Identification and characterization of the genetic alterations underlying neuroendocrine tumors of the small intestine

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Dokumentart: PhDThesis
Date: 2016
Source: Teile der Dissertation erschienen in: Nieser, M., et al., Loss of Chromosome 18 in Neuroendocrine Tumors of the Small Intestine: The Enigma Remains. Neuroendocrinology, 2016.
Language: English
Faculty: 7 Mathematisch-Naturwissenschaftliche Fakultät
7 Mathematisch-Naturwissenschaftliche Fakultät
Department: Biologie
Advisor: Sipos, Bence (Prof. Dr.)
Day of Oral Examination: 2016-09-22
DDC Classifikation: 570 - Life sciences; biology
610 - Medicine and health
Keywords: Tumor , Dünndarm
Other Keywords: Neuroendokrine Tumoren
Neuroendocrine tumors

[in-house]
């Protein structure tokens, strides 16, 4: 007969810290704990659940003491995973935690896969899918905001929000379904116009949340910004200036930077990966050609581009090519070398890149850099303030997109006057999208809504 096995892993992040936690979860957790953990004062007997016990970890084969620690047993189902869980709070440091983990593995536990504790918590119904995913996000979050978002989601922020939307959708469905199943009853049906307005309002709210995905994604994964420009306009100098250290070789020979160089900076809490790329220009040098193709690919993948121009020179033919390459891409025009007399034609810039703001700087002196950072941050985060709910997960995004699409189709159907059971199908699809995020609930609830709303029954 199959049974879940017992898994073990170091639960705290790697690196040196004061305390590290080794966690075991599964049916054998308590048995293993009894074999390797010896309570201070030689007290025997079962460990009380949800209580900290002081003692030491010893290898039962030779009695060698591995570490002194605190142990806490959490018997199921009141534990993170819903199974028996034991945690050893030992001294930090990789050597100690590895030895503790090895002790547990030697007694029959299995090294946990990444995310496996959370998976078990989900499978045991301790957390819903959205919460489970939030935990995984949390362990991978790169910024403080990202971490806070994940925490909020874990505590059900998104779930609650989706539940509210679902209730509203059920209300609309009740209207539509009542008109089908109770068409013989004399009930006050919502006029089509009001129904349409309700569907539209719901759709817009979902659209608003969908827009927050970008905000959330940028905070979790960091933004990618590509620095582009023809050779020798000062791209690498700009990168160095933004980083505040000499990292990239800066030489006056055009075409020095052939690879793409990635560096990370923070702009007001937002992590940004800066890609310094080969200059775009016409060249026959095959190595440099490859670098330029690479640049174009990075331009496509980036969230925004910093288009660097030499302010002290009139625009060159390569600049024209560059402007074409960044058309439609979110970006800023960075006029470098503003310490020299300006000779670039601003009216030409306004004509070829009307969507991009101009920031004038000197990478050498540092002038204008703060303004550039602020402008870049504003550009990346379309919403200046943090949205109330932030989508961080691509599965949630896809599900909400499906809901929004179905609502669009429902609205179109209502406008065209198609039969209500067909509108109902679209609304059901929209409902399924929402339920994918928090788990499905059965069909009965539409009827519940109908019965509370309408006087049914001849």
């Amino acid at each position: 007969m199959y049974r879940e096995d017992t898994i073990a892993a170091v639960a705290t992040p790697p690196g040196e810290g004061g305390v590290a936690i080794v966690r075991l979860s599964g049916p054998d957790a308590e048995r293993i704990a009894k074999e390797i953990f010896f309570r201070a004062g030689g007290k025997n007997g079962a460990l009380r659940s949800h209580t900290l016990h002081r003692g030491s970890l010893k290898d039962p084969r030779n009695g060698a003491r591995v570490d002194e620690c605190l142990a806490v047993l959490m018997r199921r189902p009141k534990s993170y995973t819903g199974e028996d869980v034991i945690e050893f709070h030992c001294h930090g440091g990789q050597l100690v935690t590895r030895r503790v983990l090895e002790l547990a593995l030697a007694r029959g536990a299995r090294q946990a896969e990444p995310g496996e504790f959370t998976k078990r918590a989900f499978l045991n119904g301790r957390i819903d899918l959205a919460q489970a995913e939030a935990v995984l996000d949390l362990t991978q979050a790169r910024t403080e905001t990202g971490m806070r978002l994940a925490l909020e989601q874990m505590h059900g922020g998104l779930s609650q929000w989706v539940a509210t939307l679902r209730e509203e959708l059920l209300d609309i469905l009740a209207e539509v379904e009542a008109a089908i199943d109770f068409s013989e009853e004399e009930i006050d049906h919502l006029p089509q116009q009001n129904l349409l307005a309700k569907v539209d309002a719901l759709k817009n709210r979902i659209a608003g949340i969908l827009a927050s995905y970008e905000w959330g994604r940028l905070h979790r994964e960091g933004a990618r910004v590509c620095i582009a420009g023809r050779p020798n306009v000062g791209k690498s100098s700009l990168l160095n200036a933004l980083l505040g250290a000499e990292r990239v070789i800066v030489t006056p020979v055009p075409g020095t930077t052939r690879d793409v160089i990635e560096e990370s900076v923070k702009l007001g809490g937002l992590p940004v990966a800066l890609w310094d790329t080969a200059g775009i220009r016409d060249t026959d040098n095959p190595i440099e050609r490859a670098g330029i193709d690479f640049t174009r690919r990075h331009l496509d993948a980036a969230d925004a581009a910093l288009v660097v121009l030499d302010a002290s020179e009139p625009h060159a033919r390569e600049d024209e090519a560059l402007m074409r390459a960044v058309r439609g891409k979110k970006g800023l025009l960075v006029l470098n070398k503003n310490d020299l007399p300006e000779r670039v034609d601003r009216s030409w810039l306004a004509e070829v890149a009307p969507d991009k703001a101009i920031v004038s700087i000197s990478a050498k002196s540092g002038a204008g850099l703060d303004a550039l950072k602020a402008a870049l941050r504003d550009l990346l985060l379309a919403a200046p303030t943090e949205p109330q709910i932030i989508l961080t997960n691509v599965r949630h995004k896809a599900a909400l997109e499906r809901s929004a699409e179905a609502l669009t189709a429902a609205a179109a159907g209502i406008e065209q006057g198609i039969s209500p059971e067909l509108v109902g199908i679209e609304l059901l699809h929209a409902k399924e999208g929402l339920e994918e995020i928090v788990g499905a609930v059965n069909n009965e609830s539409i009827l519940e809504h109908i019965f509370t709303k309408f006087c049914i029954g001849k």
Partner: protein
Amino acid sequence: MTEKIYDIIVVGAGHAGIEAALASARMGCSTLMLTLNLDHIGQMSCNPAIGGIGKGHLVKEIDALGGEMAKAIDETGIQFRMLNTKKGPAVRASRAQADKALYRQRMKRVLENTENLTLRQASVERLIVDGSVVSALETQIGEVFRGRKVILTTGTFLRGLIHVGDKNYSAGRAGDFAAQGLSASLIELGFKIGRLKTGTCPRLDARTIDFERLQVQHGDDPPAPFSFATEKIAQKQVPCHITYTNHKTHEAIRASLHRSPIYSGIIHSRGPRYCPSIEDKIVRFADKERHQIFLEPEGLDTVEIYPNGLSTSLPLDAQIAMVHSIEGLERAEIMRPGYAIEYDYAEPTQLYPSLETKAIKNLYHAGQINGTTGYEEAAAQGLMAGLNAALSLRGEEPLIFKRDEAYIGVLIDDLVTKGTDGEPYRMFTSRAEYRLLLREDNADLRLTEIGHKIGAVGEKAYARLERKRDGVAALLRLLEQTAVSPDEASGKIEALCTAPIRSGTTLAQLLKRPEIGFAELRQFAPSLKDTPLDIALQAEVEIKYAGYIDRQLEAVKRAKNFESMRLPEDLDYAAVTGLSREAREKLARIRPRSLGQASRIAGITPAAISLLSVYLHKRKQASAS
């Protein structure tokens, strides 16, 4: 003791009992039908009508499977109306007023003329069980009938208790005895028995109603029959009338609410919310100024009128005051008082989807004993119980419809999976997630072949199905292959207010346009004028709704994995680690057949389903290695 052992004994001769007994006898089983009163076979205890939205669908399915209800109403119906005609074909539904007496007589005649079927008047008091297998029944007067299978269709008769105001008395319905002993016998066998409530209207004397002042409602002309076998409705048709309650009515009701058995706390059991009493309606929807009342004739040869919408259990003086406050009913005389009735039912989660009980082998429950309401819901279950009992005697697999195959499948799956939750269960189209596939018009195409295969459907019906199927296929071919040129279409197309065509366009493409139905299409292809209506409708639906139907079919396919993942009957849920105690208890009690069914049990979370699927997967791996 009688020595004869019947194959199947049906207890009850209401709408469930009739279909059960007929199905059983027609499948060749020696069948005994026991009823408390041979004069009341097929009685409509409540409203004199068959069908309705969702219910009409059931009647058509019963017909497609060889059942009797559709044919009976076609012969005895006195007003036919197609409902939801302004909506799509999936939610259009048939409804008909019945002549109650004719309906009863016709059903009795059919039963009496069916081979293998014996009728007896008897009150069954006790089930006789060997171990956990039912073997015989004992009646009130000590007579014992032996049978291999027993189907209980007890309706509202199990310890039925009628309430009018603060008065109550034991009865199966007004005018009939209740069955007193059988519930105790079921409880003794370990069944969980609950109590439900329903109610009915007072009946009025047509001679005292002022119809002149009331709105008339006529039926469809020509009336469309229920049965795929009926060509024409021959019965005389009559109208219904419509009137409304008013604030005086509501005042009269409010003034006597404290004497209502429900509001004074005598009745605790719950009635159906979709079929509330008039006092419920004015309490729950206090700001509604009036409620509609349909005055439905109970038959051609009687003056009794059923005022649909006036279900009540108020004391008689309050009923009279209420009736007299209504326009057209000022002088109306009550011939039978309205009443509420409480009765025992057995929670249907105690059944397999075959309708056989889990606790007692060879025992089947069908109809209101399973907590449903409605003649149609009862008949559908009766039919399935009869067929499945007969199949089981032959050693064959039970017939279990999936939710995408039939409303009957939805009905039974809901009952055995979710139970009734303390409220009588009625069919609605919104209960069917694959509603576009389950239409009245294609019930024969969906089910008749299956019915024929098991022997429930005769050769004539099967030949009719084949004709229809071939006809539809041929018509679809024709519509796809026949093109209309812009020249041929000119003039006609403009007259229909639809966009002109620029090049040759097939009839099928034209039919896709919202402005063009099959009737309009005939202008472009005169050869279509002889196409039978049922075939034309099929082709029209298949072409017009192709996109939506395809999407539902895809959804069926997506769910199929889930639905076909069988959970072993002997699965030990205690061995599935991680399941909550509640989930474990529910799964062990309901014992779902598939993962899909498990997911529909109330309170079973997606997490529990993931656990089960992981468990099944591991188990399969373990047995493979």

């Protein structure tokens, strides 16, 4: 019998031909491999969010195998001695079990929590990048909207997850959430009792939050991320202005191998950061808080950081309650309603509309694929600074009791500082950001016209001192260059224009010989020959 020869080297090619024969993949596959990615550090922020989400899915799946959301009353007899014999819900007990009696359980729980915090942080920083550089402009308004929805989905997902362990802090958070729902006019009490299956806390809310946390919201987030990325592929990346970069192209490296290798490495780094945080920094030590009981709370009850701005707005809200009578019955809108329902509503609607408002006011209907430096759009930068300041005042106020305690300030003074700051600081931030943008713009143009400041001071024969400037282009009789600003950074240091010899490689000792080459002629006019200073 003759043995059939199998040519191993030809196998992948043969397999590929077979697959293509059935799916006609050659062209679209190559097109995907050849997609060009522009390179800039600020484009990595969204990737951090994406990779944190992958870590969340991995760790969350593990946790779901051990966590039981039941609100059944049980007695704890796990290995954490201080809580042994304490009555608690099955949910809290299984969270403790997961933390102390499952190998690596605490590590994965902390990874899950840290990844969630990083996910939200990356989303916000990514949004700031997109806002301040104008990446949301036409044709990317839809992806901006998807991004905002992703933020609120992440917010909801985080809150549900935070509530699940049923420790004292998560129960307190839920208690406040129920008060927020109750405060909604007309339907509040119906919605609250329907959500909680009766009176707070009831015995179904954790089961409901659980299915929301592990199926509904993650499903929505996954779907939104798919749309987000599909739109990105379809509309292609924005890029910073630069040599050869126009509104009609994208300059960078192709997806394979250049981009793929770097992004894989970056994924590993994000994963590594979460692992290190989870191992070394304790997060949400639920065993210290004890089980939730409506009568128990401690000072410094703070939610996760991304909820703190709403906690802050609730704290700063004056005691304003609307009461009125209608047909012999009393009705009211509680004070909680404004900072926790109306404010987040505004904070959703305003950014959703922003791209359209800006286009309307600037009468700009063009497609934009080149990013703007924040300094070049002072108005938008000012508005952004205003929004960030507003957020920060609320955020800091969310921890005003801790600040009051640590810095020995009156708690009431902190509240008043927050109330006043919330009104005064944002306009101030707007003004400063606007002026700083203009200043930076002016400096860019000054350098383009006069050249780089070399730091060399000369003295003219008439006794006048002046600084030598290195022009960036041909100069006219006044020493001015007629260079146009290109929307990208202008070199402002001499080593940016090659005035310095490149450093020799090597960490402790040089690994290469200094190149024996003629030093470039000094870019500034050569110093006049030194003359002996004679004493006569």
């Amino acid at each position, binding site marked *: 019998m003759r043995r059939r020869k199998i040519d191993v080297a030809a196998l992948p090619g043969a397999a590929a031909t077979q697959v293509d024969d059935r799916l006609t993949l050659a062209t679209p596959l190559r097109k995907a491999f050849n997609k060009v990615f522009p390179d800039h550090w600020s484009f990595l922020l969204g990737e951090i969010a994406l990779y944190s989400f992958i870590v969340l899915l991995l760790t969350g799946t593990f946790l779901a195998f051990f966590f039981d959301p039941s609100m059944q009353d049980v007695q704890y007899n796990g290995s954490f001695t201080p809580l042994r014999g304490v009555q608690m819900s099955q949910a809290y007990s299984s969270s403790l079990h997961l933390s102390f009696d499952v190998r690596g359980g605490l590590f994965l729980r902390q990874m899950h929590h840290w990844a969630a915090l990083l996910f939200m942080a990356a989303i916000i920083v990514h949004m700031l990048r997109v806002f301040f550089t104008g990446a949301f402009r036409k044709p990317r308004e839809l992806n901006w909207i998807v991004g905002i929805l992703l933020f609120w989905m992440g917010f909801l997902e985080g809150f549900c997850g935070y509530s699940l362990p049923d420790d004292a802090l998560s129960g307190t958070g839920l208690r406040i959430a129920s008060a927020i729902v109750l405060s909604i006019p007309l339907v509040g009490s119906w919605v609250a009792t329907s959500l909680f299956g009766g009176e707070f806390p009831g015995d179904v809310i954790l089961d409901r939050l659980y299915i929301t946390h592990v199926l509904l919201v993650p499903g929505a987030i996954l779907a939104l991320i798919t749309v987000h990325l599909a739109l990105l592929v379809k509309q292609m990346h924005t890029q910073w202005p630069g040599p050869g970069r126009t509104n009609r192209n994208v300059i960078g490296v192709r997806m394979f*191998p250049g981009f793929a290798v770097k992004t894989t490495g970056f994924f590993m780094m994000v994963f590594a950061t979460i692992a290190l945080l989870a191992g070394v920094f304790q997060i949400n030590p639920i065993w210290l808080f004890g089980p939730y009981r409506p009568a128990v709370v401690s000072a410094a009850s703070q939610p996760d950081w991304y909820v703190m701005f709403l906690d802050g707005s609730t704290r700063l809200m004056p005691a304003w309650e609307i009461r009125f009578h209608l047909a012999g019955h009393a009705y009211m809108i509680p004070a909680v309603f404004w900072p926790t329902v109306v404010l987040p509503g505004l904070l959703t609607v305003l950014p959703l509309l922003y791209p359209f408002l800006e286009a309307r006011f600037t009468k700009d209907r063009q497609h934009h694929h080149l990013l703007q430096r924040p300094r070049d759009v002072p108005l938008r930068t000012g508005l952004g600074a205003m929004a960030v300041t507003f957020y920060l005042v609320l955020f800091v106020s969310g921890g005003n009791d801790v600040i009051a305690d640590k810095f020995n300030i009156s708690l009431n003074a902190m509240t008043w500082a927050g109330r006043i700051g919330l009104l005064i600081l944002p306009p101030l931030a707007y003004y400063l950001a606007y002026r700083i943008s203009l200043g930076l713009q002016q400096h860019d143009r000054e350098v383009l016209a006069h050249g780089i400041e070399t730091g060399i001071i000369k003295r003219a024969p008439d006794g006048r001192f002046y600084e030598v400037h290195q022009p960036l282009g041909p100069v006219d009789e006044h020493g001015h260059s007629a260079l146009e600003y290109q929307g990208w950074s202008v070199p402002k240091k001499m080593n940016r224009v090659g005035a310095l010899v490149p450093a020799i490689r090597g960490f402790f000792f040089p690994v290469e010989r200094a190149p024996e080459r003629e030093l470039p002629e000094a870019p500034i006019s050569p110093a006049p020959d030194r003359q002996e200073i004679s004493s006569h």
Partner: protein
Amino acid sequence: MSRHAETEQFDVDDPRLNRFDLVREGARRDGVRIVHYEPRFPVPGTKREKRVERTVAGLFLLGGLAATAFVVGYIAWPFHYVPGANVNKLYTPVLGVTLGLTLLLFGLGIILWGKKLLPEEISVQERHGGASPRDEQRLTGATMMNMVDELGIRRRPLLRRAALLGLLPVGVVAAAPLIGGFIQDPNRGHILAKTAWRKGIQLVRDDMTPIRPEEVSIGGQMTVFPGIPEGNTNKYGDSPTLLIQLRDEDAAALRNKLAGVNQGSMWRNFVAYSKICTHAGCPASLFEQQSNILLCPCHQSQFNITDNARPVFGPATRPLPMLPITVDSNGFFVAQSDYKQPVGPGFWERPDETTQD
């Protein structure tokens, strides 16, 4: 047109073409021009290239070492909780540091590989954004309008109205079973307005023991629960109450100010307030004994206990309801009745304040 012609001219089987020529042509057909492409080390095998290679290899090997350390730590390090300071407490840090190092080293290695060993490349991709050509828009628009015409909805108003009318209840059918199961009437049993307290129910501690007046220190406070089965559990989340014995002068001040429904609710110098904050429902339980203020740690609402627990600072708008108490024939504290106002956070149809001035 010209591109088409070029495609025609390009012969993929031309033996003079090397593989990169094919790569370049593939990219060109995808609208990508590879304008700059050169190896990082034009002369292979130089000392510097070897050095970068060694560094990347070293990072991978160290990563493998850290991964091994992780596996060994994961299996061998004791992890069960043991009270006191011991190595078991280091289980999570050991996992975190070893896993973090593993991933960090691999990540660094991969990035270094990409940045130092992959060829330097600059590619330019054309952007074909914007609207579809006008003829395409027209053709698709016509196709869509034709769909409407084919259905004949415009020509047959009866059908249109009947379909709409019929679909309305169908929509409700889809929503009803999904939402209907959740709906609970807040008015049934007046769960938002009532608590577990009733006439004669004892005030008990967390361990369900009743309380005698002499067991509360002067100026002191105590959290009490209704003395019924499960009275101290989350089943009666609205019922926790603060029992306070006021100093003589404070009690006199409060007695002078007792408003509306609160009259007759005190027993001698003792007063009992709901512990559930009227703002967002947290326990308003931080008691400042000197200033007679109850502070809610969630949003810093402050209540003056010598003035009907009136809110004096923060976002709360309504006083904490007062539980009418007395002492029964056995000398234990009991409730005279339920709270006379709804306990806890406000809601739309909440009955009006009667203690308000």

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Neuroendocrine tumors of the small intestine (SI-NETs) have experienced a dramatic increase in incidence over the last three decades. Although defined by a small proliferative index (mostly G1 and G2 tumors), the tumors give frequently and early rise to metastases, which often exceed the size of the primary tumor and kill the patients in the end. SI-NETs are genetically poorly characterized, the frequent loss of one chromosome 18 (Chr18) being the exception. Therefore, this doctoral thesis focused on this lesion in order to investigate potential tumor suppressors located on this chromosome (SMAD2, SMAD4, Elongin A3, CABLES, PMAIP1, and DCC). SMAD2 and SMAD4 showed retained expression in the 14 SI-NET samples investigated (12 with loss of Chr18), leaving only haploinsuffiency as possible mechanism in tumor development and progression. Elongin A3 and CABLES mRNAs were differentially expressed between the 1xChr18 and 2xChr18 cohort, suggesting that the loss of Chr18 has an impact on mRNA level. However, western blot analysis of 21 SI-NETs revealed preserved protein expression of Elongin A3 and CABLES. Interestingly, CABLES western blot depicted – in addition to the normal doublet-isoform – an additional isoform at ~55 kDa in the tumor samples, which was not present in the HEK293 control. Among alternative splicing, aberrant splicing of this protein is known in tumors, which could lead to the loss of the CDK-binding domain of CABLES, resulting in enhanced cell growth and tumor formation due to faster progression through the cell cycle [1]. PMAIP1 was not expressed in eight samples investigated. Since a 100% loss of a tumor suppressor is rare, the hypothesis that the lack of PMAIP1 is a normal feature of normal neuroendocrine enterochromaffin cells is favored, rather than the loss being a characteristic of neuroendocrine tumor cells. Remarkably, the tumor suppressor protein DCC showed total loss or, at least, clearly reduced expression in nearly 30% (6/21) of the tumor samples. Abridged DCC function can result in reduced apoptosis, giving rise to tumor growth and dissemination. Alternative splicing and mutations in the intronic region of DCC [2] render this gene even more interesting. Further investigations of our lab will focus on the transcriptome and proteome of SI-NETs, and thereby on the differential expression of gene transcripts and proteins between tumors with and without loss of Chr18; hoping to shed light on the role of DCC (and CABLES), which we found to be altered in SI-NETs. In 2013, Banck et al. published the genomic landscape of SI-NETs with amplifications of the PI3K/AKT/mTOR pathway being the most frequent aberration [3]. Subsequently, we analyzed six genes (PDGFRα, PDGFRβ, PIK3CD, AKT1, AKT2, mTOR) involved in this pathway by FISH; revealing advanced, metastatic tumors as well as more invasive ¬¬tumors to harbor significantly more copy number (CN) alterations than tumors of early stage without metastases and less invasive tumors (UICC and T stage comparison). However, no association with protein expression or activation could be identified. One possible explanation for the discrepancy between gene and protein expression might be that epigenetic events play a role in the transcriptional control of amplified genes, thereby preventing protein overexpression. Since especially the more aggressive tumors (defined by UICC stage IIIB and IV, as well as tumor stage 3 and 4) are lacking effective treatment, the inhibition of the PI3K/AKT/mTOR pathway could be a useful new tool in the therapy of SI-NETs. Therefore, a similar trial to the RADIANT-4 study [4] with the inclusion of functional gastrointestinal neuroendocrine tumors should enlighten the possible effect of everolimus or another inhibitor of the PI3K/AKT/mTOR pathway on the tumor progression.

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